Birgunj-based businessman reported to have contracted Covid-19 tests negative for the virusLab report by Rajendra Memorial Research Institute of Medical Sciences, Patna, specifically mentions ‘negative’ for 2019-nCoV.
A Birgunj resident, who was earlier reported to have tested positive for Covid-19, has tested negative for the coronavirus that causes the disease.
The 52-year-old businessman from Birgunj was admitted to Patna Medical College and Hospital on suspicion of contracting the disease.
A section of the media earlier on Sunday had reported that he had tested positive for Covid-19.
Patna Medical College and Hospital had sent his oropharyngeal swab to Rajendra Memorial Research Institute of Medical Sciences on March 20 (Friday).
“The hospital had initially told the family that he was tested positive for the virus in the first test,” the businessman’s nephew who is with him in Patna told the Post over the phone. “However, the lab report on Sunday showed he had tested negative for the virus.”
The lab report specifically mentions “negative” for 2019-nCoV, yet another term for Covid-19 caused by a new strain of the coronavirus which now has been dubbed SARS-CoV-2.
Media reports earlier in the day suggesting that the man had tested positive for the virus had prompted widespread concerns. So far Nepal has reported only one Covid-19 case, and that too has been recovered.
To control the spread of the virus, the Nepal government in recent days has taken a slew of measures, including suspending all flights to the country, all long-haul transport and all non-essential services.
On Sunday evening, the Cabinet decided to close down borders with India and China for a week effective from 10am Monday.
The decision follows New Delhi’s decision to suspend all passenger trains, bus services, metro and inter-state bus services until March 31, putting all 75 districts where coronavirus cases have been reported under lockdown.
Amid a growing number of Covid-19 cases in India, concerns were rising in Nepal over the possible entry of the virus via open border points.
Frequently asked questions about the coronavirus outbreak
UPDATED as of March 28, 2020
What is Covid-19?
Covid-19, short for coronavirus disease, is an illness caused by the coronavirus SARS-CoV-2, short for severe acute respiratory syndrome coronavirus 2. Common symptoms of the disease include fever, dry cough, fatigue, shortness of breath and breathing difficulties. In severe cases, the infection can cause pneumonia, severe acute respiratory syndrome, kidney failure and even death.
How contagious is Covid-19?
Covid-19 can spread easily from person to person, especially in enclosed spaces. The virus can travel through the air in respiratory droplets produced when a sick person breathes, talks, coughs or sneezes. As the virus can also survive on plastic and steel surfaces for up to 72 hours and on cardboard for up to 24 hours, any contact with such surfaces can also spread the virus. Symptoms take between two to 14 days to appear, during which time the carrier is believed to be contagious.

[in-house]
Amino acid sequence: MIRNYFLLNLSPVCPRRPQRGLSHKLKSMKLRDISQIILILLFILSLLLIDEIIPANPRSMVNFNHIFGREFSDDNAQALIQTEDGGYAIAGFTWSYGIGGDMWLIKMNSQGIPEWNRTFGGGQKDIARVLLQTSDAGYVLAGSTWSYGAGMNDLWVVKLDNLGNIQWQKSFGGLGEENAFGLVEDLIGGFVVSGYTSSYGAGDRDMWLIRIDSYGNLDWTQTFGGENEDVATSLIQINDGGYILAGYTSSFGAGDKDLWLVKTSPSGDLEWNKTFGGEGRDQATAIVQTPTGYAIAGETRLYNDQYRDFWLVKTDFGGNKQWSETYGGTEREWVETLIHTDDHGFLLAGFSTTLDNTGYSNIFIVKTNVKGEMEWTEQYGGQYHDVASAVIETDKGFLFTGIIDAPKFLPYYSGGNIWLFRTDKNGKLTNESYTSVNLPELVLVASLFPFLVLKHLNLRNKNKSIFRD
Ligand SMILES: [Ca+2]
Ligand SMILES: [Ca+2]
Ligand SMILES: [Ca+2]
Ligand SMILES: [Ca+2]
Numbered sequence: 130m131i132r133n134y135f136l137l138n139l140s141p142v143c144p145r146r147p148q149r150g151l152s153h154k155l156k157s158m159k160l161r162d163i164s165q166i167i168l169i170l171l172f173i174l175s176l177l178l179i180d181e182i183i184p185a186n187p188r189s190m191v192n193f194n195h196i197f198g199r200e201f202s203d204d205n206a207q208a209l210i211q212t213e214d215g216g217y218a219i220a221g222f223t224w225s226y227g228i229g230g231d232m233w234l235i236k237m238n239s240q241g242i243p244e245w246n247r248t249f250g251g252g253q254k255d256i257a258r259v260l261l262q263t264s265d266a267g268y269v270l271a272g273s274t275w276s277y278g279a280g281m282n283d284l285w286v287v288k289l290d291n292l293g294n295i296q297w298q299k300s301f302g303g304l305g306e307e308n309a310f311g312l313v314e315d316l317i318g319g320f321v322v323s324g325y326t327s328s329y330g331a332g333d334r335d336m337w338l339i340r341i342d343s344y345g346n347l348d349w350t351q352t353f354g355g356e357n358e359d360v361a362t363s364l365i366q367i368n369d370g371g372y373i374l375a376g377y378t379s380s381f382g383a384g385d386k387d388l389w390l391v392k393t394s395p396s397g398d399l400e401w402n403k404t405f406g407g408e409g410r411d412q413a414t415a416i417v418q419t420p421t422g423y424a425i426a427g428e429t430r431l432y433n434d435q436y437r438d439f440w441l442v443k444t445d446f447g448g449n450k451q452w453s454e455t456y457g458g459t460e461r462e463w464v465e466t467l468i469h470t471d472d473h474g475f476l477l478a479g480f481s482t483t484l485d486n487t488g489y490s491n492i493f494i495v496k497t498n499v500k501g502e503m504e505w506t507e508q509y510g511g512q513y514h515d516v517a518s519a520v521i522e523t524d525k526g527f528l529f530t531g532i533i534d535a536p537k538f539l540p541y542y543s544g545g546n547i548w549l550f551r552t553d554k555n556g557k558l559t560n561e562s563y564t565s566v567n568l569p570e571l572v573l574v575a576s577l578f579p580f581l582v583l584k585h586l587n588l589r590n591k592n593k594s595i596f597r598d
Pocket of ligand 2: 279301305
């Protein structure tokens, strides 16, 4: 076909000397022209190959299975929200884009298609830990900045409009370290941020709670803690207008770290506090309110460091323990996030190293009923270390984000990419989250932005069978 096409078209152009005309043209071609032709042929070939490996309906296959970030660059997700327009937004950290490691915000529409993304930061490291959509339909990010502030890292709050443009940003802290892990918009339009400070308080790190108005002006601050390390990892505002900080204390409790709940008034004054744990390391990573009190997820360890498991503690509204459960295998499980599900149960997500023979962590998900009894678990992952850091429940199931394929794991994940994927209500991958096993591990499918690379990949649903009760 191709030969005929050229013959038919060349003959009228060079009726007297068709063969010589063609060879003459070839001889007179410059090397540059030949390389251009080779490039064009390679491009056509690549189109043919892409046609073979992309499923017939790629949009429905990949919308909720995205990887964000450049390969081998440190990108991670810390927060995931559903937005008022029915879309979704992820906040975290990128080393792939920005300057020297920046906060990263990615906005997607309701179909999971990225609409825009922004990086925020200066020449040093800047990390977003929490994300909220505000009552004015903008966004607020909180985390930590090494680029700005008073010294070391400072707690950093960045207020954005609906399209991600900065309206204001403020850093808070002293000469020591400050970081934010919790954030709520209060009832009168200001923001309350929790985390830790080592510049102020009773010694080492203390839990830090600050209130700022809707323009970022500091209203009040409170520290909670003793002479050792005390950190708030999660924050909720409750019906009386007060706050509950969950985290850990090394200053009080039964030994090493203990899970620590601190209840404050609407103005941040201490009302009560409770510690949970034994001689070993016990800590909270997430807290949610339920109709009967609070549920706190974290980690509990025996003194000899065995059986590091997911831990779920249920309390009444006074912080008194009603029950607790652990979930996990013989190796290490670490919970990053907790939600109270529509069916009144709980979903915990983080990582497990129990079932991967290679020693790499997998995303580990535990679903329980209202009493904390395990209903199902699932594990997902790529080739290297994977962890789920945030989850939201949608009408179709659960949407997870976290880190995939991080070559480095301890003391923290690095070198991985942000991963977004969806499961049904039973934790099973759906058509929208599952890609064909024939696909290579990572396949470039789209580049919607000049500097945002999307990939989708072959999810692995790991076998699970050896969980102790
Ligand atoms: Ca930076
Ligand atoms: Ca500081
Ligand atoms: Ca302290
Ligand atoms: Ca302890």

Where did the virus come from?
The virus was first identified in Wuhan, China in late December. The coronavirus is a large family of viruses that is responsible for everything from the common cold to Middle East Respiratory Syndrome (MERS) and Severe Acute Respiratory Syndrome (SARS). After an initial outbreak in Wuhan that spread across Hubei province, eventually infecting over 80,000 and killing more than 3,000, new infection rates in mainland China have dropped. However, the disease has since spread across the world at an alarming rate.
What is the current status of Covid-19?
The World Health Organisation has called the ongoing outbreak a “pandemic” and urged countries across the world to take precautionary measures. As of Wednesday, Covid-19 had spread to 199 countries and infected more than 596,349 people with 27,343 deaths. In South Asia, Pakistan has reported the highest number of infections at 1,373, with 11 deaths. While India has reported 667 confirmed cases with 20 deaths. Nepal has so far reported four cases, in which one patient recovered.
How dangerous is the disease?
The mortality rate for Covid-19 is estimated to be 3.6 percent, but new studies have put the rate slightly higher at 5.7 percent. Although Covid-19 is not too dangerous to young healthy people, older individuals and those with immune-compromised systems are at greater risk of death. People with chronic medical conditions like heart disease, diabetes and lung disease, or those who’ve recently undergone serious medical procedures, are also at risk.
How do I keep myself safe?
The WHO advises that the most important thing you can do is wash your hands frequently with soap and water for at least 20 seconds or use hand sanitizers with at least 60 percent alcohol content. Avoid touching your eyes, nose and mouth with unclean hands. Clean and disinfect frequently used surfaces like your computers and phones. Avoid large crowds of people. Seek medical attention if symptoms persist for longer than a few days.
Is it time to panic?
No. The government has imposed a lockdown to limit the spread of the virus. There is no need to begin stockpiling food, cooking gas or hand sanitizers. However, it is always prudent to take sensible precautions like the ones identified above.